imaginary outfit: setting out bulbs

Left alone with the John Scheepers bulb catalog and a credit card one late August afternoon, I did a foolish thing. Swept away by small square images of brilliant flowers and enigmatic yet enticing descriptions ("This unbelievable award-winning hybrid yields conical racemes of densely compacted blush-pink florets with a paler top hat that pales to whisper-pink as it matures above ample foliage clumps..."), I opened my computer and started clicking "add to cart." I paid up and forgot about it. Then this week, a brown cardboard box—maybe the size of a large shoebox—landed on the vestibule, and I opened it to find a truly alarming number of bulbs.

Fifty Hyacinthoides non-scripta, to conjure an English bluebell wood into being. Muscari (pale pink and ice blue, because those colors put me in mind of beautifully frosted cakes) and crocus (purple, Sean's favorite color) and tulips (the idea of "a dazzling deep coral-apricot with paler petal edges and a hint of a warm raspberry glow" on a grey spring day was irresistible). I ordered snake's head fritillaries for their Shakespearean connotations and strange checker pattern, and something called Ipheion uniflorum Alberto Castillo, the spring star-flower, to plant among the ice-blue muscari because the tiny picture looked so charming. And, of course, snowdrops.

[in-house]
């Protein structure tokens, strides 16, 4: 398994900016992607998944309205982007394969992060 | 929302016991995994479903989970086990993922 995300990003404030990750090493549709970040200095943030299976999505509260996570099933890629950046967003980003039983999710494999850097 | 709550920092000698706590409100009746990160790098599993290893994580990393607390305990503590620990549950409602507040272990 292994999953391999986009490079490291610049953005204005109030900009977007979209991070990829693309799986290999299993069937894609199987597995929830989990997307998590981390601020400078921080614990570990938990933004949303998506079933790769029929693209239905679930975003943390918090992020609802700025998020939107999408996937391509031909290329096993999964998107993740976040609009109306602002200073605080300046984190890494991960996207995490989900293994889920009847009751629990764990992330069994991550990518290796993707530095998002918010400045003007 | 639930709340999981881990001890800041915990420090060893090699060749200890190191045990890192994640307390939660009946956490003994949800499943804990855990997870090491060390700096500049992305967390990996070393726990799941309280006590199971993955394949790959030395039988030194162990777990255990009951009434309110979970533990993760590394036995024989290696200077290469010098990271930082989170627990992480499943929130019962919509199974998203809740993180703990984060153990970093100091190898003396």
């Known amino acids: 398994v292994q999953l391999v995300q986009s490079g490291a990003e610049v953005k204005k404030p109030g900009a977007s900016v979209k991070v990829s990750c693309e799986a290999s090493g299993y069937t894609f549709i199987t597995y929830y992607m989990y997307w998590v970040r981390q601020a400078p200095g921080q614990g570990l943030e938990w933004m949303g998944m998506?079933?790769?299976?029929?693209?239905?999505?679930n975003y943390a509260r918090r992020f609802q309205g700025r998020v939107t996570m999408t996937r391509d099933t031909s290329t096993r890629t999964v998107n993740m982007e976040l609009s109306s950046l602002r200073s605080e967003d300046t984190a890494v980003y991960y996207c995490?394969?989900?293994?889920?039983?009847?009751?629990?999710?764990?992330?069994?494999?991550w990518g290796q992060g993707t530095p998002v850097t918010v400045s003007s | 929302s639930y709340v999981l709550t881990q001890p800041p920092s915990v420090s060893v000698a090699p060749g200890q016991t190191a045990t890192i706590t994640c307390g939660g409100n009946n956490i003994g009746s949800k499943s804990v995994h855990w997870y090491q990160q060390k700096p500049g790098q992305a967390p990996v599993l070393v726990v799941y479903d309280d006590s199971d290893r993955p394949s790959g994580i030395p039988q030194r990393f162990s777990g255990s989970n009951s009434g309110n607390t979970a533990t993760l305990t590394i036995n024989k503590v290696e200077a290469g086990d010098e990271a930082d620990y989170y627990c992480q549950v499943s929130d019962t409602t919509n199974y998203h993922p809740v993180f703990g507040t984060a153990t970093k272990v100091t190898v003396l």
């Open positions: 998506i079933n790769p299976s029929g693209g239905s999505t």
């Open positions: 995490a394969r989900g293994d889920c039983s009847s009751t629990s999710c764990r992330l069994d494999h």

I have to plant all of these soonishly. This would be less daunting if the soil around my house was less like recalcitrant dirt cement. But yesterday Hugh and I hacked a trench and planted hundreds of crocus; provided they survive chipmunk depredations, we'll have a wavering line of purple come spring. 

Because my mind has been conditioned by excessive novel and essay reading, I feel the words here start to pull toward A Meaning, like those new cars with lane-assistance technologies that gently keep distractable drivers in check. Can planting bulbs matter at all in a world on fire? Is it a gentle gesture of resistance against the sweeping forces of uglification in thought and manner? An exercise in privileged folly? (Probably: no, and no, and yes.)

And yet, here's what I think you should do. Find a bulb, any kind you like. Hold it in your hand, and understand it as a wish, a weird rooty wish wrapped in papery skin. Bury it deep and hope. 


Alex Mill work jacket / corduroys (if you click, you will find that these are hideously expensive; I myself am looking for a good basic pair to begin breaking them in so that in five years I'll have the ideal cool-weather garden trousers—old corduroy is the best) / vintage silk scarf / LL Bean Maine hunting shoes / Sneeboers dibbler and Great Dixter trowel / Women's Work goatskin garden gloves / Gabriella Kiss acorn earrings / Falke cosy wool socks.